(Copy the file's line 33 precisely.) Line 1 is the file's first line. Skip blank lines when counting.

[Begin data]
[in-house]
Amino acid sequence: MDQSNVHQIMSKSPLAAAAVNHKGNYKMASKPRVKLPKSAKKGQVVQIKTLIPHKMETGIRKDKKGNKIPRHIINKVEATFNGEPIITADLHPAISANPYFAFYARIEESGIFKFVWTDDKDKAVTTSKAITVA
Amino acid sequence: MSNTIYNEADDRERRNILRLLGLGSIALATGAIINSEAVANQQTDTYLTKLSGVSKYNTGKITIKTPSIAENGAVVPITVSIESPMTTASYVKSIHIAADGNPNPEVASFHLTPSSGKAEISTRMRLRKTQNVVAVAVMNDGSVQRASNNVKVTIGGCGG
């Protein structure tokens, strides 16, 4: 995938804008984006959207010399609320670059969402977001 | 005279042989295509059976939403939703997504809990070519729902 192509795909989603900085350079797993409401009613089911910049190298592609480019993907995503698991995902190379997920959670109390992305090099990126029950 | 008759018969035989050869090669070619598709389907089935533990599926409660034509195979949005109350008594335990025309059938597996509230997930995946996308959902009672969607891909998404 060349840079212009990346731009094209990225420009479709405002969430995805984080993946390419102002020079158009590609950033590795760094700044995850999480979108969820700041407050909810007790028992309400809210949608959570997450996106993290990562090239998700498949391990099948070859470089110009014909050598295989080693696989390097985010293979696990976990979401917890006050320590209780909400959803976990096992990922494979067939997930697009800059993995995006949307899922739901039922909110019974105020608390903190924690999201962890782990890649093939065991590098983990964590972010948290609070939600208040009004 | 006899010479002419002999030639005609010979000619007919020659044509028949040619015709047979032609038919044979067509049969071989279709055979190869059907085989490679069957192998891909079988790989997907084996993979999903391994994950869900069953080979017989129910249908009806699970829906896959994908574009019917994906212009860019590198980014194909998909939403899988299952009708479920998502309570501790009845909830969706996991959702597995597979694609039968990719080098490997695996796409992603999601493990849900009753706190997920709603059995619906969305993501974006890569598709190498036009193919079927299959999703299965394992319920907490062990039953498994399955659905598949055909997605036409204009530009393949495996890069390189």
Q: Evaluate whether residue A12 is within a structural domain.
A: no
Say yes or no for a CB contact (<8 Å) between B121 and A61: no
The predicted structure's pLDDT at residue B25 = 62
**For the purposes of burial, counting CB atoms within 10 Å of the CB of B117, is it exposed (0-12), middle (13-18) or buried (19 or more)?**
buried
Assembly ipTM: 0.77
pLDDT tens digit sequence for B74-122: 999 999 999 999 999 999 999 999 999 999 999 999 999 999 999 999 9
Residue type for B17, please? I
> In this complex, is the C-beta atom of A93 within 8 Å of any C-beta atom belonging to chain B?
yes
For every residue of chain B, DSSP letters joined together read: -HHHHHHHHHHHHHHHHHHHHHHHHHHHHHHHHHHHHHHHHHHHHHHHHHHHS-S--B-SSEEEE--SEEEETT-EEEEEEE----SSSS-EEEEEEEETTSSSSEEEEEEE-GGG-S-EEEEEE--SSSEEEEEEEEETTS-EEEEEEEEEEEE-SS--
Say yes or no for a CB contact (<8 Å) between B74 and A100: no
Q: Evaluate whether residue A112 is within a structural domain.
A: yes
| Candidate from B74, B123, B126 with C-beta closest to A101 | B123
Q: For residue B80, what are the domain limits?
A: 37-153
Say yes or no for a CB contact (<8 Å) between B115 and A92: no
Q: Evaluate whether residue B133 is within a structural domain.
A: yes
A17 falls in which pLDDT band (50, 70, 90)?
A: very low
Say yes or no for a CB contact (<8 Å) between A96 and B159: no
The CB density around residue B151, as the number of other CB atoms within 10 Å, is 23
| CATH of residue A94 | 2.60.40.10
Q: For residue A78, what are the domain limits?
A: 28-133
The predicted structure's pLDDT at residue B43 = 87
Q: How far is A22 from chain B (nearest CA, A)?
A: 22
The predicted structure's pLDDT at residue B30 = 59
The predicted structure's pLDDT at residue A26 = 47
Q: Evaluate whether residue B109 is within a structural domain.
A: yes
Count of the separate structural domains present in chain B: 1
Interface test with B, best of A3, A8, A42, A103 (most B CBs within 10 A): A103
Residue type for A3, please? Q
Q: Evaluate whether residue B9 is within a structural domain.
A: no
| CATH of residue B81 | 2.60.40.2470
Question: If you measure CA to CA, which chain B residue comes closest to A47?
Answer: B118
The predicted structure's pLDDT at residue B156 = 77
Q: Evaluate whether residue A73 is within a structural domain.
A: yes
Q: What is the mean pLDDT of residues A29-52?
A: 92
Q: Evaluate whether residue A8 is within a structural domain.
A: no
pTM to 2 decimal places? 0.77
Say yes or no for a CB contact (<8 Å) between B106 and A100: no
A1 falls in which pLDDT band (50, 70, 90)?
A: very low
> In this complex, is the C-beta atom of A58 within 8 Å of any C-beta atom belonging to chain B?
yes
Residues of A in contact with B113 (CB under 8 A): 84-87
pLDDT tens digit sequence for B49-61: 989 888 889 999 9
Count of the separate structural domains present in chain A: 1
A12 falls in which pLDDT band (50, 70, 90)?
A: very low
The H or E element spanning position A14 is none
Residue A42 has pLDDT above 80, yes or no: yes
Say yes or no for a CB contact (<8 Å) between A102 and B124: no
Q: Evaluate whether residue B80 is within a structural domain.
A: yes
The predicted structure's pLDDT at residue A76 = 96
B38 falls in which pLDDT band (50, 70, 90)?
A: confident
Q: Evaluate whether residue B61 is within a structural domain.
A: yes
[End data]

The predicted structure's pLDDT at residue B43 = 87